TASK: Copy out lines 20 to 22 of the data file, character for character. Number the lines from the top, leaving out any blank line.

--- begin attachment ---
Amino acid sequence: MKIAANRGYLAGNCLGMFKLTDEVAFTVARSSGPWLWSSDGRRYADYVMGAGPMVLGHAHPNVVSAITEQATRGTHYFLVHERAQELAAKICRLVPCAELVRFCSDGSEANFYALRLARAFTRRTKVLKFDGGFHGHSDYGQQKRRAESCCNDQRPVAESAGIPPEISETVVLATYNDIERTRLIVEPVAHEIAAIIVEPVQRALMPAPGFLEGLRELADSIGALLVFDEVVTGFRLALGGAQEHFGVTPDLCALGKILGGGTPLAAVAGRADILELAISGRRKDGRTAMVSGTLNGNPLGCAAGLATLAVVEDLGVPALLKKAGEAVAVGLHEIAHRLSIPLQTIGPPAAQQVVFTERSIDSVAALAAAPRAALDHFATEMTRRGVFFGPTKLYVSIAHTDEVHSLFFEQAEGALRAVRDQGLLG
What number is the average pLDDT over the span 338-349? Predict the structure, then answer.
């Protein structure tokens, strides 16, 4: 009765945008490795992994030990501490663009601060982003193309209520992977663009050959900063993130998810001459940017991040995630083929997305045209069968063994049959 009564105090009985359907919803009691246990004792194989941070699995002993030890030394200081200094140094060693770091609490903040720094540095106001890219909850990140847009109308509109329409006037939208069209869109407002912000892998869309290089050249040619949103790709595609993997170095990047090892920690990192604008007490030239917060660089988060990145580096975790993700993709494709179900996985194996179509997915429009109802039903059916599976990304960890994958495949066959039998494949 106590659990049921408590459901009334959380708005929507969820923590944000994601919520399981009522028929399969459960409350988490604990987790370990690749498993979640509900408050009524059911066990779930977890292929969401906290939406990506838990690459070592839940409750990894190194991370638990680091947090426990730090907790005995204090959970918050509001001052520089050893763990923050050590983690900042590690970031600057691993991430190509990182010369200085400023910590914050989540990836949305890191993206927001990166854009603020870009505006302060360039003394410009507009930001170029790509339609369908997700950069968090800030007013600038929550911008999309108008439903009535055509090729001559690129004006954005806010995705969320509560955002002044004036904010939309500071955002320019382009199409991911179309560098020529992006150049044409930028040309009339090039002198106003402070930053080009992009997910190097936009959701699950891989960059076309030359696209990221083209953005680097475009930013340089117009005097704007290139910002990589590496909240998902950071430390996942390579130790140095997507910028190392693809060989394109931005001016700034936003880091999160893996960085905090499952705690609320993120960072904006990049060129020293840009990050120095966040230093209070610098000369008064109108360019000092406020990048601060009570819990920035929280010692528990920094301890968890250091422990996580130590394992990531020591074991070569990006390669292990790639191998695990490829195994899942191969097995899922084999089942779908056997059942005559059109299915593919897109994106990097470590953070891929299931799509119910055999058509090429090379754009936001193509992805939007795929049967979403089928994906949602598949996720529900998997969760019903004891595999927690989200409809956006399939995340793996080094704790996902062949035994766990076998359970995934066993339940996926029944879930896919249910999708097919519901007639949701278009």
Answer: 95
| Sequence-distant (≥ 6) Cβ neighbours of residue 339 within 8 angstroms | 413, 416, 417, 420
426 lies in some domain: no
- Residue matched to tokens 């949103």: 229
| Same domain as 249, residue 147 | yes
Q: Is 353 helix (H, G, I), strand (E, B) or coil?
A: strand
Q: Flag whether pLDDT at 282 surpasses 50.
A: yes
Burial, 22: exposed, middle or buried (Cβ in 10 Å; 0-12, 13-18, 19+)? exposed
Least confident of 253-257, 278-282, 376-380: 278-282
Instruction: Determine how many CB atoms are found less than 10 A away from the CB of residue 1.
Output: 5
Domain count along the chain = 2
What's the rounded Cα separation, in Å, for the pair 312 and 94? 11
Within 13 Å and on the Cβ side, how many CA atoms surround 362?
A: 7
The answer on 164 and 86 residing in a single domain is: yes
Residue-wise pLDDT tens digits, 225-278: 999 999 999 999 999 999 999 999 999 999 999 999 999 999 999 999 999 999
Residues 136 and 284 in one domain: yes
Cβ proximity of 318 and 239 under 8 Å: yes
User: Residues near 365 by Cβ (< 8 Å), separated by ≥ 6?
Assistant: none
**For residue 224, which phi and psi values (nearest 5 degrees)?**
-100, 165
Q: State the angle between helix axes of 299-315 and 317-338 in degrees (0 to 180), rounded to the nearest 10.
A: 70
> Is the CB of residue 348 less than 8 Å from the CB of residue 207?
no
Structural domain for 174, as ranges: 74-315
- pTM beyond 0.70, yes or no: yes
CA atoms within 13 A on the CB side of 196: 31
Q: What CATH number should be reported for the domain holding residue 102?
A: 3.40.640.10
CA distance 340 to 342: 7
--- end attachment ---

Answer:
A: 7
The answer on 164 and 86 residing in a single domain is: yes
Residue-wise pLDDT tens digits, 225-278: 999 999 999 999 999 999 999 999 999 999 999 999 999 999 999 999 999 999